Sonia Kennebeck’s Enemies of the State is about the DeHart family, who at first glance appears to be your typical “American family next door.” But since 2010, the son, Matt, has been at the center of multiple serious allegations, investigations, and scandals involving government spying, hacking, political asylum-seeking, and he’s been accused of several heinous crimes.
We start by going back in time as the interviewees, mainly parents Pastor Paul and Leann DeHart (both are ex-military), retrace their son’s journey and passion for technology, computers, and the internet from a young age. This obsession, coupled with an interest in all things “secret and spy,” led him to join the National Guard, consequently obtaining special clearances and access to sensitive information. Meanwhile, at home, the young man doubled in hacktivism, hanging out on obscure tech/geek forums, then eventually helped organizations such as Anonymous. Naturally, Uncle Sam got suspicious, and not long after, the DeHart’s house was raided. Twist: the police were not there for cybersecurity concerns but looking for evidence against the young man’s grooming and predatory behaviors towards minors.
From there, Enemies of the State veers towards Mr. Robot territory as their family life becomes a stressful and mind-boggling spy movie where the parents go to great lengths to protect their son. They believe he was wrongfully accused and framed by the U.S. government on a hunt for military personnel giving intel to the likes of Wikileaks. For them, their lawyers, and some experts, there is no doubt, the raid was to look for evidence of national security breaches as we learn that DeHart was in possession of confidential documents allegedly exposing misconduct and crimes committed by America on American soil. An example would be the conspiracy theory that the 2001 anthrax tragedy was a CIA operation covered up by the FBI to create “foreigner fear panic” and boost support for the war in Iraq.
“…Matt has been at the center of multiple serious allegations, investigations, and scandals…”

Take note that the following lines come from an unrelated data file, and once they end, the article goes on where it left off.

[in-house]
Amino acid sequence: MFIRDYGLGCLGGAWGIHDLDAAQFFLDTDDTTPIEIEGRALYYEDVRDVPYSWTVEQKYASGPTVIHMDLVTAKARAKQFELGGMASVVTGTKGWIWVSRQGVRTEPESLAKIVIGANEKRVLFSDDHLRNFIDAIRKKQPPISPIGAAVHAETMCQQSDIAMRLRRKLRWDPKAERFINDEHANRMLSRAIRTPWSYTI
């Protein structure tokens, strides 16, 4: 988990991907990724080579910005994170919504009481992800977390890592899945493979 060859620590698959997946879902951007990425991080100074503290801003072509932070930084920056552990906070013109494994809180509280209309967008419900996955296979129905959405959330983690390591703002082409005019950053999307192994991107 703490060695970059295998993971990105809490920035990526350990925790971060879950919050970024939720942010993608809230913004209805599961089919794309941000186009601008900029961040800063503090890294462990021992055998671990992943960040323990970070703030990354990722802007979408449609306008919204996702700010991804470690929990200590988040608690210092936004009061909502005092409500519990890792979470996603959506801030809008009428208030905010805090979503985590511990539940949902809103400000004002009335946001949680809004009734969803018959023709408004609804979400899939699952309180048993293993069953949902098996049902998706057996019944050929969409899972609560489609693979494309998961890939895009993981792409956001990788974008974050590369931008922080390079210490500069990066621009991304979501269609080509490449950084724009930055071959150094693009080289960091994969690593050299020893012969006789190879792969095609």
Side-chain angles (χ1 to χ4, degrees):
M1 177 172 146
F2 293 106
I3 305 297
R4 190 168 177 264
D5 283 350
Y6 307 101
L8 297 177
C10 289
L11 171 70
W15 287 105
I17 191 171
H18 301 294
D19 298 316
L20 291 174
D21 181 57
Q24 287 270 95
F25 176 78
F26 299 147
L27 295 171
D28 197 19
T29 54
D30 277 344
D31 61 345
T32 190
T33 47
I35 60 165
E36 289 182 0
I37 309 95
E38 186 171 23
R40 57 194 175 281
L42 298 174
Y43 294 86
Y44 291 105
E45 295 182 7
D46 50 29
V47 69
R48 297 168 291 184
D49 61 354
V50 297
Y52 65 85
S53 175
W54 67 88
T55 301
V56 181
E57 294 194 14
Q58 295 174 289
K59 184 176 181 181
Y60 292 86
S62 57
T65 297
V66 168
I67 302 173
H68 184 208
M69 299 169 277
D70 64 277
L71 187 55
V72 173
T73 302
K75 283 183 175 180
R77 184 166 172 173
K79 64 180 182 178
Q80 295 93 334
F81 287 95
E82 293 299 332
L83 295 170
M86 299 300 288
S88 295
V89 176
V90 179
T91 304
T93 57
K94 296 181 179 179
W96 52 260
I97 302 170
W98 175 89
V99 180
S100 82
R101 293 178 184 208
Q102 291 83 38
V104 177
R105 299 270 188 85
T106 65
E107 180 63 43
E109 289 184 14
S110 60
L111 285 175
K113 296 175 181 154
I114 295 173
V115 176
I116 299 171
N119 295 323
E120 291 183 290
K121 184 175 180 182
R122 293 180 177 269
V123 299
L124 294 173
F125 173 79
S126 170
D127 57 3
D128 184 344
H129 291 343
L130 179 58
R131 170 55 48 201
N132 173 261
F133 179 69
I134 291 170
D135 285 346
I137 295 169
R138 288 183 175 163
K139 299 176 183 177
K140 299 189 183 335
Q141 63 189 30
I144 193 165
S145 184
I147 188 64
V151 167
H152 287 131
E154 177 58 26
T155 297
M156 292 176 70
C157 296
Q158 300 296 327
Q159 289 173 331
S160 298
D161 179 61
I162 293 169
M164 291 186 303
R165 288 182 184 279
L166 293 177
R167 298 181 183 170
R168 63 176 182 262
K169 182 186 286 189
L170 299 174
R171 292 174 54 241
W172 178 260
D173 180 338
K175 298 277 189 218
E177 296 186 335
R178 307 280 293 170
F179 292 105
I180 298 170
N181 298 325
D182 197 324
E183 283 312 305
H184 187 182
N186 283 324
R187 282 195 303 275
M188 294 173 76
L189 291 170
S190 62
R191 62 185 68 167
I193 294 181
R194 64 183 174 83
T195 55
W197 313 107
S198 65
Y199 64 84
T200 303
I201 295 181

Since desperate times call for desperate measures, the ultra-overprotective couple, not knowing where to turn or who to trust, decides to tirelessly work to keep their son out of prison and help him avoid prosecution. This meant they’d drive to the Russian embassy or flee to Canada to seek asylum in the dead of night. As things get fishier and muddier, Kennebeck further investigates and makes sure to point out that Matt DeHart is, in certain circles, viewed as a whistleblower by walking in the footsteps of Manning, Assange, and Snowden. DeHart ends up spending years in prison, during which he claims to have been drugged, intensely questioned/tortured, and held captive under inhumane conditions. Then new evidence comes to light.
This bombshell-filled and dense saga seemed more fitted for a Tiger King series, but Kennebeck did not have access to similar material. So Enemies of the State relies on dramatic reenactments based on transcripts or uses audio from various proceedings such as the DeHart’s immigration hearings in Canada. This blend is not uncommon for such a project, but here it only works intermittently. While it clarifies how certain things happened, the reenactments mainly add greater uncertainty to the already confusing plot. This disorientation is exacerbated by the fact that some of the dialogue on tape is nearly inaudible. Sadly, the reconstruction came off more as roleplay or a table read than cinematic drama.
However, one cannot deny that the director provides all the clues possible, while still leaving it to the viewers to decide if this is a film, as one of the many lawyers featured mentioned, about “people being paranoid or is the system really out there to get them.” Is Enemies of the State about people paying the price for being brave or being conspiracist on top of being/protecting evil criminals abusing children? Or, maybe, as the DeHart matriarch puts it, in the end, “truth does not matter.” Well, that is unless you are the real victims.
"…bombshell-filled and dense...provides all the clues possible..."